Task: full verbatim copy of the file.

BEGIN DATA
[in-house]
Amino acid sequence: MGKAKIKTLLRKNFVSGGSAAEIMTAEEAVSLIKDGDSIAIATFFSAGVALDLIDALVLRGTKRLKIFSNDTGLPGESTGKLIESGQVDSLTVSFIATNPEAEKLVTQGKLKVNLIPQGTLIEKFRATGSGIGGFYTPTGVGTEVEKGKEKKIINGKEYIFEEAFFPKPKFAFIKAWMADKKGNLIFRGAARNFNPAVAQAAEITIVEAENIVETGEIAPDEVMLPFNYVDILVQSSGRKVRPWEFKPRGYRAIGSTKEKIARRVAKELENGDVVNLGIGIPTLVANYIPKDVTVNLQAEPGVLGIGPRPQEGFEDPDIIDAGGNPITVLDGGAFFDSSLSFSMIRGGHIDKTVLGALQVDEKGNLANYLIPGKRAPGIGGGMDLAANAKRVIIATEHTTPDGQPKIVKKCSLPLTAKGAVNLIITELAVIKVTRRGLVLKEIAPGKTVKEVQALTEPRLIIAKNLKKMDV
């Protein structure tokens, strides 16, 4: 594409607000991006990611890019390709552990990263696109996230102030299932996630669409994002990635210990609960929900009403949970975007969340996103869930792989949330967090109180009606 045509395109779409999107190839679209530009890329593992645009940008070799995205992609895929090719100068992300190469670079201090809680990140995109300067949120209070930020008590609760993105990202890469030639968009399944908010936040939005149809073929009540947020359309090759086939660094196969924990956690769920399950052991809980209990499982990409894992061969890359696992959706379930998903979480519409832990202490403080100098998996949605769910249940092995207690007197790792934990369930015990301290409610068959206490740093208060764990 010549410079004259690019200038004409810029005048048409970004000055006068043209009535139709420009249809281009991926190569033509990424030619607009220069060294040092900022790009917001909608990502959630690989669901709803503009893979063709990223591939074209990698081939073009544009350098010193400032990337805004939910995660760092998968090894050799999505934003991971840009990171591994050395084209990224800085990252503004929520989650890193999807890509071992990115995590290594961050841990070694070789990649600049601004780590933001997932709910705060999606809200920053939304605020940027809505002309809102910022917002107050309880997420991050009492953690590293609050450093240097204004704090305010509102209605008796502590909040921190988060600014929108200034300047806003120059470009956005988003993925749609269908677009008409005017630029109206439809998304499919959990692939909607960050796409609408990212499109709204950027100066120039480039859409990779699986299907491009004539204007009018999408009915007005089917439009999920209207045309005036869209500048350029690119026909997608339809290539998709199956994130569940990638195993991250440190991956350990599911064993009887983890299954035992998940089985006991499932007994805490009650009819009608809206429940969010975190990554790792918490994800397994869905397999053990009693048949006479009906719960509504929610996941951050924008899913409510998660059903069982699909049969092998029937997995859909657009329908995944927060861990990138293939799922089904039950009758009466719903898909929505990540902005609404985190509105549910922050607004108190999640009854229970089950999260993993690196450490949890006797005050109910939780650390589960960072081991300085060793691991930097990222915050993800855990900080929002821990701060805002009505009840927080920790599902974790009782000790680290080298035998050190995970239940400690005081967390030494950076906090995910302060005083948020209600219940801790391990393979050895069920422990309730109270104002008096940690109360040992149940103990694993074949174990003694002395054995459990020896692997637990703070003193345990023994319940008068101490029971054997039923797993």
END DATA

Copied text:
[in-house]
Amino acid sequence: MGKAKIKTLLRKNFVSGGSAAEIMTAEEAVSLIKDGDSIAIATFFSAGVALDLIDALVLRGTKRLKIFSNDTGLPGESTGKLIESGQVDSLTVSFIATNPEAEKLVTQGKLKVNLIPQGTLIEKFRATGSGIGGFYTPTGVGTEVEKGKEKKIINGKEYIFEEAFFPKPKFAFIKAWMADKKGNLIFRGAARNFNPAVAQAAEITIVEAENIVETGEIAPDEVMLPFNYVDILVQSSGRKVRPWEFKPRGYRAIGSTKEKIARRVAKELENGDVVNLGIGIPTLVANYIPKDVTVNLQAEPGVLGIGPRPQEGFEDPDIIDAGGNPITVLDGGAFFDSSLSFSMIRGGHIDKTVLGALQVDEKGNLANYLIPGKRAPGIGGGMDLAANAKRVIIATEHTTPDGQPKIVKKCSLPLTAKGAVNLIITELAVIKVTRRGLVLKEIAPGKTVKEVQALTEPRLIIAKNLKKMDV
């Protein structure tokens, strides 16, 4: 594409607000991006990611890019390709552990990263696109996230102030299932996630669409994002990635210990609960929900009403949970975007969340996103869930792989949330967090109180009606 045509395109779409999107190839679209530009890329593992645009940008070799995205992609895929090719100068992300190469670079201090809680990140995109300067949120209070930020008590609760993105990202890469030639968009399944908010936040939005149809073929009540947020359309090759086939660094196969924990956690769920399950052991809980209990499982990409894992061969890359696992959706379930998903979480519409832990202490403080100098998996949605769910249940092995207690007197790792934990369930015990301290409610068959206490740093208060764990 010549410079004259690019200038004409810029005048048409970004000055006068043209009535139709420009249809281009991926190569033509990424030619607009220069060294040092900022790009917001909608990502959630690989669901709803503009893979063709990223591939074209990698081939073009544009350098010193400032990337805004939910995660760092998968090894050799999505934003991971840009990171591994050395084209990224800085990252503004929520989650890193999807890509071992990115995590290594961050841990070694070789990649600049601004780590933001997932709910705060999606809200920053939304605020940027809505002309809102910022917002107050309880997420991050009492953690590293609050450093240097204004704090305010509102209605008796502590909040921190988060600014929108200034300047806003120059470009956005988003993925749609269908677009008409005017630029109206439809998304499919959990692939909607960050796409609408990212499109709204950027100066120039480039859409990779699986299907491009004539204007009018999408009915007005089917439009999920209207045309005036869209500048350029690119026909997608339809290539998709199956994130569940990638195993991250440190991956350990599911064993009887983890299954035992998940089985006991499932007994805490009650009819009608809206429940969010975190990554790792918490994800397994869905397999053990009693048949006479009906719960509504929610996941951050924008899913409510998660059903069982699909049969092998029937997995859909657009329908995944927060861990990138293939799922089904039950009758009466719903898909929505990540902005609404985190509105549910922050607004108190999640009854229970089950999260993993690196450490949890006797005050109910939780650390589960960072081991300085060793691991930097990222915050993800855990900080929002821990701060805002009505009840927080920790599902974790009782000790680290080298035998050190995970239940400690005081967390030494950076906090995910302060005083948020209600219940801790391990393979050895069920422990309730109270104002008096940690109360040992149940103990694993074949174990003694002395054995459990020896692997637990703070003193345990023994319940008068101490029971054997039923797993």